Association between weight loss and serum biomarkers with risk of incident cancer in the Longitudinal Assessment of Bariatric Surgery cohort

Andrea M. Stroud, Elizabeth N. Dewey, Farah A. Husain, Jared Fischer, Anita P. Courcoulas, David R. Flum, James E. Mitchell, Walter J. Pories, Jonathan Q. Purnell, Bruce M. Wolfe

Research output: Contribution to journalArticle

1 Scopus citations

Abstract

Background: Bariatric surgery reduces cancer risk in populations with obesity. It is unclear if weight loss alone or metabolic changes related to bariatric surgery cause this effect. Objective: We evaluated the relationship between surgical weight loss and serum biomarker changes with incident cancer in a bariatric surgery cohort. Setting: Ten U.S. clinical facilities. Methods: The Longitudinal Assessment of Bariatric Surgery 2 (LABS-2) is a prospective multicenter cohort (n = 2458, 79% female, mean age = 46). We evaluated weight and serum biomarkers, measured preoperatively and 1 year postoperatively, as predictors for incident cancer. Associations were determined using Cox proportional hazards models adjusting for weight loss, age, sex, education, and smoking history. Results: Over 8759 person-years of follow-up, 82 patients reported new cancer diagnosis (936 per 100,000 person-years, 95% confidence interval [CI]: 749–1156). Cancer risk was decreased by approximately 50% in participants with 20% to 34.9% total weight loss (TWL) compared with <20% TWL (hazard ratio [HR] =. 49, 95%CI:. 29–.83). Reduced cancer risk was observed with percent decrease from baseline for glucose (per 10%, HR =. 94, 95%CI:. 90–.99), proinsulin (per 20%, HR =. 95, 95%CI:. 93–.98), insulin (per 30%, HR =. 97, 95%CI:. 96–.99), and leptin (per 20%, HR =. 81, 95%CI:. 68–.97), and per 15% percent increase in ghrelin (HR =. 94, 95%CI:. 29–.83). Conclusions: After bariatric surgery, cancer risk is reduced >50% when weight loss exceeds 20% TWL compared with patients with <20% TWL. Weight loss alone may not explain the observed risk reduction, as improvements in diabetes, leptin, and ghrelin were associated with decreased cancer risk.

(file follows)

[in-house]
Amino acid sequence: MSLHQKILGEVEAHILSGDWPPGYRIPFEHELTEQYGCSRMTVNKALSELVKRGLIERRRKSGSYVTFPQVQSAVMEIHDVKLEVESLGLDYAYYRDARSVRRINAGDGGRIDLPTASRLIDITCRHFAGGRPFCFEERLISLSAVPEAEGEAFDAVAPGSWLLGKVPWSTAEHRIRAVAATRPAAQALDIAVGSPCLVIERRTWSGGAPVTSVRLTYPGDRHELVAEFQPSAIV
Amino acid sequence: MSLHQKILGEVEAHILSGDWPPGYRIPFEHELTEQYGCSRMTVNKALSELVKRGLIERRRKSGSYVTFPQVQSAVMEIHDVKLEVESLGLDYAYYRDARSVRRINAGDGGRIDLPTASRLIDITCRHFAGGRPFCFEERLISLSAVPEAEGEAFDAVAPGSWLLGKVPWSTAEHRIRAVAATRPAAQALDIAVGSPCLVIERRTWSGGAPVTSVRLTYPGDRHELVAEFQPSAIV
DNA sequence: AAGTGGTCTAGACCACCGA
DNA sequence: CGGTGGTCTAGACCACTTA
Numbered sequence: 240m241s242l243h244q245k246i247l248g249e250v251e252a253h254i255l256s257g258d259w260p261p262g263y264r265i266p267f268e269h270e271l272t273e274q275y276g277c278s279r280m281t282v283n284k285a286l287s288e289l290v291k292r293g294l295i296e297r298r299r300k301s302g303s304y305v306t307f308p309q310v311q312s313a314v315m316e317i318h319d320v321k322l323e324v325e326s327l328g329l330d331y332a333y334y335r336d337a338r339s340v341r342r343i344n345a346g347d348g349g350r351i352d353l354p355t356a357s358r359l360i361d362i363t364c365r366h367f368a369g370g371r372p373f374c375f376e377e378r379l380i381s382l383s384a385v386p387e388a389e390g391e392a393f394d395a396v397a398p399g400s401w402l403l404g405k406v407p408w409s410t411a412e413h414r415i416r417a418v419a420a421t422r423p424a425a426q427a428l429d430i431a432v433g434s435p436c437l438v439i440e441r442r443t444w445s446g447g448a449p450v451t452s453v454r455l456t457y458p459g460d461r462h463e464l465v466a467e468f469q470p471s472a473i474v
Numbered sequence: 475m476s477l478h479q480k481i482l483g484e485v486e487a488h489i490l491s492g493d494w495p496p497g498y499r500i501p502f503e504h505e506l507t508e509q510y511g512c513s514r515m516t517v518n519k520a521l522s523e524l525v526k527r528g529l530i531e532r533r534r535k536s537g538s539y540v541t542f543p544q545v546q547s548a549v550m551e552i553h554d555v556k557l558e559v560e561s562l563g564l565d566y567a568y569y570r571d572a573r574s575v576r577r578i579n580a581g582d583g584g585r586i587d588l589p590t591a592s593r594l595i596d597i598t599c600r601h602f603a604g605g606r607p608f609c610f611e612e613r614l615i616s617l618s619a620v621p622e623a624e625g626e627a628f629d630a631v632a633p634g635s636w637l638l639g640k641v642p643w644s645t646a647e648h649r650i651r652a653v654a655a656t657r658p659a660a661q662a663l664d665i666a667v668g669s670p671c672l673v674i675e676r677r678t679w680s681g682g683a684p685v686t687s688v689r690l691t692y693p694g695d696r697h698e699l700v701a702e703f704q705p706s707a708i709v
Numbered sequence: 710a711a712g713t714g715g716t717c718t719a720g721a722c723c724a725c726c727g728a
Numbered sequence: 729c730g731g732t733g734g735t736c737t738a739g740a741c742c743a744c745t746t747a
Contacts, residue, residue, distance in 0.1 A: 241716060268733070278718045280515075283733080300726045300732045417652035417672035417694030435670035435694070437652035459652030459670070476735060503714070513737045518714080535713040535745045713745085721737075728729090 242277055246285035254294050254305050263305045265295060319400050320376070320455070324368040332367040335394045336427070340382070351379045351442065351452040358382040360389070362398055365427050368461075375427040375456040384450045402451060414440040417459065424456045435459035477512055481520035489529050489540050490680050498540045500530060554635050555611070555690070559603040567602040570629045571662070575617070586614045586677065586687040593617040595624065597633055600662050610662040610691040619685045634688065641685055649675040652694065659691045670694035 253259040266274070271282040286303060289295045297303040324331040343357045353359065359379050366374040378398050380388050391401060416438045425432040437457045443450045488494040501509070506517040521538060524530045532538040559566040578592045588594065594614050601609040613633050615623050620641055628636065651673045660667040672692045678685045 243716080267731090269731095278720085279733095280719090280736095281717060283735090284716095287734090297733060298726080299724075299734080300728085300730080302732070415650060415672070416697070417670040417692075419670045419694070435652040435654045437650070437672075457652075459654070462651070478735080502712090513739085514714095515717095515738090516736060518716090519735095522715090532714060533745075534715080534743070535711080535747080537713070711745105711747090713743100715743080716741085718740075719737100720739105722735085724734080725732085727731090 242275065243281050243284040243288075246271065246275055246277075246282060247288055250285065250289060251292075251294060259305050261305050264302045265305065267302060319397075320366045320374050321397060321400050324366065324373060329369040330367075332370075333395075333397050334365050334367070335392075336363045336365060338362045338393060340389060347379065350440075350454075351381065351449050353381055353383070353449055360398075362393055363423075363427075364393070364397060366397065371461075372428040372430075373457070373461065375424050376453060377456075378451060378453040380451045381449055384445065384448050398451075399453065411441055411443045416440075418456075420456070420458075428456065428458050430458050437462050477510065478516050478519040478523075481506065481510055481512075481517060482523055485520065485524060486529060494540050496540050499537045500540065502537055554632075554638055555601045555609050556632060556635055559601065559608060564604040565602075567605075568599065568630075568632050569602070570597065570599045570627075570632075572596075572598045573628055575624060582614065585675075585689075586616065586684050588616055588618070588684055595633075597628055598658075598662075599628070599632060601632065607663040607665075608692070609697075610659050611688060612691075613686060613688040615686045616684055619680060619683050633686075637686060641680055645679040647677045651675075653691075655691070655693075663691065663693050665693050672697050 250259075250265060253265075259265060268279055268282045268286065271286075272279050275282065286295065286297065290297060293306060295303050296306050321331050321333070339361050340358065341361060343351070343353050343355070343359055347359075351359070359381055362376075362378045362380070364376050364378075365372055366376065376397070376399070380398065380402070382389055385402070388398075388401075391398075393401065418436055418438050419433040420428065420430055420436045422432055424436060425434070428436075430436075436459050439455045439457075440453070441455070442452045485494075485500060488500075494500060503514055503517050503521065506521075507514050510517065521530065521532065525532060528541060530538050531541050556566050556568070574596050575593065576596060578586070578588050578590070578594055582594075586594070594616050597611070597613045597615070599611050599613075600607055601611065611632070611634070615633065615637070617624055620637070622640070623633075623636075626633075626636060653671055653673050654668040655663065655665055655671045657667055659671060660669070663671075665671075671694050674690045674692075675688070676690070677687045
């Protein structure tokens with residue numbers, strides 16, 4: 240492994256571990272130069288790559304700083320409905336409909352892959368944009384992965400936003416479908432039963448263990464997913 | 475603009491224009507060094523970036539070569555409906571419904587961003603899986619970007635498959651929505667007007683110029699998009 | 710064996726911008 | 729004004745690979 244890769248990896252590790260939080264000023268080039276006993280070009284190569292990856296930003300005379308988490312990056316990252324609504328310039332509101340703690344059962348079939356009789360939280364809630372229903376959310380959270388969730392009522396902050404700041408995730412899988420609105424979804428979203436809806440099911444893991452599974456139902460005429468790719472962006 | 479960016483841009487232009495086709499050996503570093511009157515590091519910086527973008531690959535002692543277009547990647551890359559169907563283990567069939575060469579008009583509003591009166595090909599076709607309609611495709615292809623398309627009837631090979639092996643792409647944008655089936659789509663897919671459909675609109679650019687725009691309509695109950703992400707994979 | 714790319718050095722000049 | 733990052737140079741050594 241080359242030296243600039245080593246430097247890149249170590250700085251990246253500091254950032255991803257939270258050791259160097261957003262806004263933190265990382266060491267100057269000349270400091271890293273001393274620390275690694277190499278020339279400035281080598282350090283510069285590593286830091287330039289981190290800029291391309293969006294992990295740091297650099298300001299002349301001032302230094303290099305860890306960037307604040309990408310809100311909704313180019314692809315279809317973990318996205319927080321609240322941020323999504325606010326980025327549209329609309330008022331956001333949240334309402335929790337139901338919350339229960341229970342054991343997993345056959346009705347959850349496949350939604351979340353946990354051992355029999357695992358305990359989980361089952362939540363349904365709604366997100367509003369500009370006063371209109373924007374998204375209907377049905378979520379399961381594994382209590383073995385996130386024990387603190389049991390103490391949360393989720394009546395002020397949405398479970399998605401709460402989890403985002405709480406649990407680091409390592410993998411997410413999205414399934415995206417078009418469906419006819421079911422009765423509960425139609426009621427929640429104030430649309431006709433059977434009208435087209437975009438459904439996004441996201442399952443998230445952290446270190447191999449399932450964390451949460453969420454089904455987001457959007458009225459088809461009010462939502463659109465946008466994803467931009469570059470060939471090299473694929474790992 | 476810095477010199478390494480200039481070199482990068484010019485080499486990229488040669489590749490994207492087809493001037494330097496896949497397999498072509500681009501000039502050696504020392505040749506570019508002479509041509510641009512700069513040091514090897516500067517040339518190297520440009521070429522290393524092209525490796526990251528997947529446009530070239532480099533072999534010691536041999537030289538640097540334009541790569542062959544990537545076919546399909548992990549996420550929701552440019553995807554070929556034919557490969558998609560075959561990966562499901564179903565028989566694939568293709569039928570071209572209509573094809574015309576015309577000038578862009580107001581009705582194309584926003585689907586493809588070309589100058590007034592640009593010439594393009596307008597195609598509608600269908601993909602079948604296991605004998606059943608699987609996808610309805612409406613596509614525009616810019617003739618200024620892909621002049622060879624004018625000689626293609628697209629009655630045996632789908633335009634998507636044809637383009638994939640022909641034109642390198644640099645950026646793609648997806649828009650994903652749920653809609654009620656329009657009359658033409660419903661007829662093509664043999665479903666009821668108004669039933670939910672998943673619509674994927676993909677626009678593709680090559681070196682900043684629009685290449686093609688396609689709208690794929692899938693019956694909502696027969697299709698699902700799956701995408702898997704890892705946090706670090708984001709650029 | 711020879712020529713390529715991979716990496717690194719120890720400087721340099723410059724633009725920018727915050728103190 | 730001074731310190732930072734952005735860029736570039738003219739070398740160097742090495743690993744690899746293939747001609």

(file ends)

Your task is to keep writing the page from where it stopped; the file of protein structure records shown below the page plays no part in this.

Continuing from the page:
Original languageEnglish (US)
Pages (from-to)1086-1094
Number of pages9
JournalSurgery for Obesity and Related Diseases
Volume16
Issue number8
DOIs
StatePublished - Aug 2020

Keywords

  • Bariatric surgery
  • Cancer
  • Diabetes
  • Weight loss

ASJC Scopus subject areas

  • Surgery

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